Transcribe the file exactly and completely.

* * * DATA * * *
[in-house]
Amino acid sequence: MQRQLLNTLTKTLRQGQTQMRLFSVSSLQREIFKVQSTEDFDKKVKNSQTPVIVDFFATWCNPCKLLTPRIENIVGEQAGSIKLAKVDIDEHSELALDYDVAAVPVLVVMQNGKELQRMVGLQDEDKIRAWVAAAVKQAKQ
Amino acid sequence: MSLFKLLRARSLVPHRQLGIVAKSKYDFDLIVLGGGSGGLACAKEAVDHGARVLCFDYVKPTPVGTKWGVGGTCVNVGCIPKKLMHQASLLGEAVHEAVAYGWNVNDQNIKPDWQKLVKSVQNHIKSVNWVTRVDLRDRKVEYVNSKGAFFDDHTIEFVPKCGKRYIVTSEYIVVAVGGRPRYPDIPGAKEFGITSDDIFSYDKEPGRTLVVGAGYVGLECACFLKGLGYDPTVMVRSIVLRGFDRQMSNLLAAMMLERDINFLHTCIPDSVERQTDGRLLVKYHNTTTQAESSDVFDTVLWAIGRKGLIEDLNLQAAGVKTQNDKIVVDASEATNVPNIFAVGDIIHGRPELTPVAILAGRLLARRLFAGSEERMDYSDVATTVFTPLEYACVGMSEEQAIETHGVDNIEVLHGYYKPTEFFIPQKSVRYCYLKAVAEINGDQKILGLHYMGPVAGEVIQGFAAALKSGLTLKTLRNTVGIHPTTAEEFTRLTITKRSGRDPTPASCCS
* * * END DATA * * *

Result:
[in-house]
Amino acid sequence: MQRQLLNTLTKTLRQGQTQMRLFSVSSLQREIFKVQSTEDFDKKVKNSQTPVIVDFFATWCNPCKLLTPRIENIVGEQAGSIKLAKVDIDEHSELALDYDVAAVPVLVVMQNGKELQRMVGLQDEDKIRAWVAAAVKQAKQ
Amino acid sequence: MSLFKLLRARSLVPHRQLGIVAKSKYDFDLIVLGGGSGGLACAKEAVDHGARVLCFDYVKPTPVGTKWGVGGTCVNVGCIPKKLMHQASLLGEAVHEAVAYGWNVNDQNIKPDWQKLVKSVQNHIKSVNWVTRVDLRDRKVEYVNSKGAFFDDHTIEFVPKCGKRYIVTSEYIVVAVGGRPRYPDIPGAKEFGITSDDIFSYDKEPGRTLVVGAGYVGLECACFLKGLGYDPTVMVRSIVLRGFDRQMSNLLAAMMLERDINFLHTCIPDSVERQTDGRLLVKYHNTTTQAESSDVFDTVLWAIGRKGLIEDLNLQAAGVKTQNDKIVVDASEATNVPNIFAVGDIIHGRPELTPVAILAGRLLARRLFAGSEERMDYSDVATTVFTPLEYACVGMSEEQAIETHGVDNIEVLHGYYKPTEFFIPQKSVRYCYLKAVAEINGDQKILGLHYMGPVAGEVIQGFAAALKSGLTLKTLRNTVGIHPTTAEEFTRLTITKRSGRDPTPASCCS